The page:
02 November 2020
RABI commissions England and Wales’ largest ever research project into farmer wellbeing
RABI (Royal Agricultural Benevolent Institution) has appointed the University of Exeter to conduct a once in a generation survey of farming people. After months in development, the research project, which launches early in 2021, will seek to better understand mental and physical wellbeing issues facing people in agriculture.
The research will be the largest survey ever undertaken to gain an understanding directly from farming people of the stresses they face and the impacts on their wellbeing of these challenges.
RABI has worked with a number of key stakeholders to help develop the survey including the NFU, NFU Cymru, Defra, Welsh Government, the Worshipful Company of Farmers, the National Rural Mental Health Forum, the Prince’s Countryside Fund, Farmers Weekly and Farmers Guardian. With RABI hoping to achieve 26,000 responses to the survey across England and Wales, partners across the sector will be engaged to help promote the survey as RABI hopes to reach as many farming people as possible.
“We know the farming community is facing changing and increasingly complex challenges,” said Alicia Chivers, RABI’s Chief Executive. “This research is fundamental to ensuring we really understand how these pressures impact on our people, allowing us to continue to develop really effective tools and support to enhance their wellbeing.
“Working in partnership with the Centre for Rural Research based at Exeter University and key stakeholders across our sector, we want to gather the most comprehensive, reliable information directly from farming people. The survey results will not only inform RABI’s service offering in the future, but as they will be widely published, will additionally provide the agricultural sector with an overview of the issues that the current generation of farming people are facing. We must work collectively now to ensure the right support is available for all who need it.”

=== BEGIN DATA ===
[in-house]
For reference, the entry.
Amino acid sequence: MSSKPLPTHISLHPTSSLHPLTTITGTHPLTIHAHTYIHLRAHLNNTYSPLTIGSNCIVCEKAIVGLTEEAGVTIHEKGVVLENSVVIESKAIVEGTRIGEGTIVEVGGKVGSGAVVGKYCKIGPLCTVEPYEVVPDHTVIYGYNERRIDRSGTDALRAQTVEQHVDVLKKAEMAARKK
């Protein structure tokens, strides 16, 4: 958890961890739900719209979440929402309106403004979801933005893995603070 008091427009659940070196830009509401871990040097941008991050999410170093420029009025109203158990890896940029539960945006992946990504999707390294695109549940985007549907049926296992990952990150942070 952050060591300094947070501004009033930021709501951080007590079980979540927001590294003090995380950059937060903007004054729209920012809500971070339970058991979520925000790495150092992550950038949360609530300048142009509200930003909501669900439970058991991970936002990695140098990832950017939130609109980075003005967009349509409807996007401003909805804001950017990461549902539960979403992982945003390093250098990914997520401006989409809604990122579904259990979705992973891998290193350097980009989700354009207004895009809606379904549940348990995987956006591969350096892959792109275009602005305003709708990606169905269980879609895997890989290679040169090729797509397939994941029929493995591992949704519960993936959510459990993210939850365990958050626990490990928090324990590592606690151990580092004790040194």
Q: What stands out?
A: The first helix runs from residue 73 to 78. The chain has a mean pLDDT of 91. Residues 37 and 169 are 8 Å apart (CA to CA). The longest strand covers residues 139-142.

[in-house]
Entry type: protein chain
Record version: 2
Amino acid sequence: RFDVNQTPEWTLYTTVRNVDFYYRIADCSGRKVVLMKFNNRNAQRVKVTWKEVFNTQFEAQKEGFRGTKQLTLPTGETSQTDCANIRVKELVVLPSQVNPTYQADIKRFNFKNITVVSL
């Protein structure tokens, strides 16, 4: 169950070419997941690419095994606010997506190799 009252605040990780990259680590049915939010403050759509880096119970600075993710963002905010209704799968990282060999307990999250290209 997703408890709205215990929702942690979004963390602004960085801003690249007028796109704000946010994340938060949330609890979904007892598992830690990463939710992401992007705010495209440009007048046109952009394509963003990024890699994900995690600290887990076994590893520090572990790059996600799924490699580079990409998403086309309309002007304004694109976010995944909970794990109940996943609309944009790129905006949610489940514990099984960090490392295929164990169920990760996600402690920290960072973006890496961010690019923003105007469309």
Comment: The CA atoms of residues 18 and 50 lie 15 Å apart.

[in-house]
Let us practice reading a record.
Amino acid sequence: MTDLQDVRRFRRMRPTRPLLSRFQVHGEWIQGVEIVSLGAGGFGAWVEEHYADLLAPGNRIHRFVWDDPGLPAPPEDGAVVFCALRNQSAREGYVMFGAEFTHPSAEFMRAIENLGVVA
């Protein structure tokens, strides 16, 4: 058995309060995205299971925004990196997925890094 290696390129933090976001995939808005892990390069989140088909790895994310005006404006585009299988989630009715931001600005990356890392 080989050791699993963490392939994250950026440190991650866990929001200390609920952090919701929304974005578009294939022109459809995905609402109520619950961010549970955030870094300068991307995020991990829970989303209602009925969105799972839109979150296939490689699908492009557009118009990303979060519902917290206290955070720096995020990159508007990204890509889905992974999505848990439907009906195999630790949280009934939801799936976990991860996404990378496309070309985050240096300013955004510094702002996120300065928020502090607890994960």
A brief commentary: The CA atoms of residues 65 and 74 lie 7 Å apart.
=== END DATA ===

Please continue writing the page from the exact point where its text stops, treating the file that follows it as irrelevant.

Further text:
The research will be led by Professor of Rural Resource Management, Matt Lobley, who has over 30 years’ experience of conducting research with farming families. His colleague Dr Rebecca Wheeler, who is also part of the research team said; “As well as establishing the health status of members of the agricultural community, for the first time this research will explore the relationship between mental health and well-being, physical health and the health of the business.”
This latest announcement is part of RABI’s evolving strategy, which saw the charity launch its confidential online wellbeing and counselling services on October 19th.